London’s Friday Football Legend: Burt Barger
It was the fall of 1947 at Valdese High in Burke County, football practice had begun, and rookie coach Burton Barger didn’t have enough boys to scrimmage.
Suddenly, players heard the clomp of cleats as a hulking figure emerged from the locker room. They smelled distinctive cigarette smoke, and they realized it was Barger wearing full gear.
The Valdese boys were bashful about knocking helmets with their coach until he bellowed, “You’d better hit me because I’m going to hit you!”
“Fellows from Valdese told me that story and it’s quintessential Barger,” North Rowan grad and 1965 Lenoir-Rhyne captain Eddie Grissom said. “I think we all lived in fear of him.”
Everyone who competed for Barger at Valdese, North Rowan or Davie County has a story to tell.
Still an imposing physical presence after celebrating his 89th birthday, the Mocksville resident is a living legend. Former players regularly check in on the Lenoir-Rhyne and Davie County High Hall of Famer from as far away as Alaska.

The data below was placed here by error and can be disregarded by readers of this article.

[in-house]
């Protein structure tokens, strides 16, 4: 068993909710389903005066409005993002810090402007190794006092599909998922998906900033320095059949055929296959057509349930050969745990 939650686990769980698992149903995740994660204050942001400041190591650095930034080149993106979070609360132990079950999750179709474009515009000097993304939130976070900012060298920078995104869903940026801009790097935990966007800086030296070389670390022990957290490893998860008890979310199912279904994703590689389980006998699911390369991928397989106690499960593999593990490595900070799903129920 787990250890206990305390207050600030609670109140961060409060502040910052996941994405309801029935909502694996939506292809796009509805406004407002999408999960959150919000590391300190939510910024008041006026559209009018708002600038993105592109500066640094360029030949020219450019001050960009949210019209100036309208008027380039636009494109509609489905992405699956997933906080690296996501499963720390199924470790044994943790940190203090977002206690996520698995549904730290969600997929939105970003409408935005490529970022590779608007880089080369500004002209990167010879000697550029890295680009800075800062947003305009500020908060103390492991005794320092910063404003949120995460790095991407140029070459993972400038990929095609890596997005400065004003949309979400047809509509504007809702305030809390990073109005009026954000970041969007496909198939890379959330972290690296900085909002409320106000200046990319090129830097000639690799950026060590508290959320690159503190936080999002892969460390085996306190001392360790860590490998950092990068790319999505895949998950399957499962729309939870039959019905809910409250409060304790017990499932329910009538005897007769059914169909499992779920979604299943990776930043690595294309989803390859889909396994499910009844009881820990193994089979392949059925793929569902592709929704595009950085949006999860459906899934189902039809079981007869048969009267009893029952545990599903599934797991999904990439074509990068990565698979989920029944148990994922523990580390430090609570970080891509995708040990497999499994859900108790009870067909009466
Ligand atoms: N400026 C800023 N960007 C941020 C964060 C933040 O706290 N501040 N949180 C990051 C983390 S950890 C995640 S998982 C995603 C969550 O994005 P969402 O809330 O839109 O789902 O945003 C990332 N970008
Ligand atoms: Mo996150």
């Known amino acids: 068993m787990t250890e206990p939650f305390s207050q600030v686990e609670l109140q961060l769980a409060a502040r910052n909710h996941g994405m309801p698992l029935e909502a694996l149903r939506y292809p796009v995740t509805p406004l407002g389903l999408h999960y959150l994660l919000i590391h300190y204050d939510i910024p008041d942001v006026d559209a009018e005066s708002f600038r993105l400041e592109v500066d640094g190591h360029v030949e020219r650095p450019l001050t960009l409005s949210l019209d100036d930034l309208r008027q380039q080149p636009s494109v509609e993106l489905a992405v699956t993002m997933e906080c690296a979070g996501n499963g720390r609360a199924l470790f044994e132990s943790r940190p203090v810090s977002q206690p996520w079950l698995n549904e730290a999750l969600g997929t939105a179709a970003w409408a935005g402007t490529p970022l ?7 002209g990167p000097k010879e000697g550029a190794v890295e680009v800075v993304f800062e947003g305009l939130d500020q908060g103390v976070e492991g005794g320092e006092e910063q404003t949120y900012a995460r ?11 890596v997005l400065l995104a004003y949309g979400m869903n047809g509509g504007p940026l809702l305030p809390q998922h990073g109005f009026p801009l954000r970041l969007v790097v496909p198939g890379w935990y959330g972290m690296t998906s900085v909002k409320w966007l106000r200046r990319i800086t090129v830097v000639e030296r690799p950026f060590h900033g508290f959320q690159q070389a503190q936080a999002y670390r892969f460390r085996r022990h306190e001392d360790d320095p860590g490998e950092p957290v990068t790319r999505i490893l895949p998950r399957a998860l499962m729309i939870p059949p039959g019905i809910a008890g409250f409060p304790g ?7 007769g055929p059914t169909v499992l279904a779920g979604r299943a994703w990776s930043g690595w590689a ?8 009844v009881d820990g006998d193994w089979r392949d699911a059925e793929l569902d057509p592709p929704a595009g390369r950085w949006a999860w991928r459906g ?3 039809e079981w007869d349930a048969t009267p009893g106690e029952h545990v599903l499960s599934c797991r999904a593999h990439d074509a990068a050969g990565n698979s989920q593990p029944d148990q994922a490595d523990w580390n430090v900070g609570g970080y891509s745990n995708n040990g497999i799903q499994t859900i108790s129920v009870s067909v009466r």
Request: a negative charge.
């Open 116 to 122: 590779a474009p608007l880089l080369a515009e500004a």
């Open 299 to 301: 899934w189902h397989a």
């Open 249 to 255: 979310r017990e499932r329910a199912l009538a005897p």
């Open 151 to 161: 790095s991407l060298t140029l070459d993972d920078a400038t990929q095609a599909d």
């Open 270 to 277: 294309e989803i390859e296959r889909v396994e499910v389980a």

“He’ll call me and ask if I want to go get ice cream,” Grissom said with a laugh. “Then he’ll order a diet coke. He just wants to talk.”
There’s a lot to talk about.
A terrific football lineman and baseball player at Lenoir-Rhyne in the 1940s, Barger built a dynasty at Valdese, produced North’s first football champion, and was the central figure in the rise of track and field in Rowan County and Davie.
“He’s one of a kind,” said Jimmy Shoaf, who played football and excelled in track for Barger at North. “He was real strict, made us run a lot of laps around that old oak tree, but we were lucky to have him. I wasn’t a great football player, but in track, Coach Barger found something hidden inside me that I could be good at.”
Barger’s story starts as one of seven children growing up in a rock house near Bostian Crossroads. His father was employed by the state ó the prison system.
“The chain gangs,” Barger said. “Daddy kept us all straight.”
Burt and his brother, Frank, one year younger, had their scraps. They made each other tougher.
Burt starred in athletics at China Grove High and wanted to go to Wake Forest.
“But our preacher told me, ‘No, you’re going to Lenoir-Rhyne,’ and that’s where I went,” Barger said.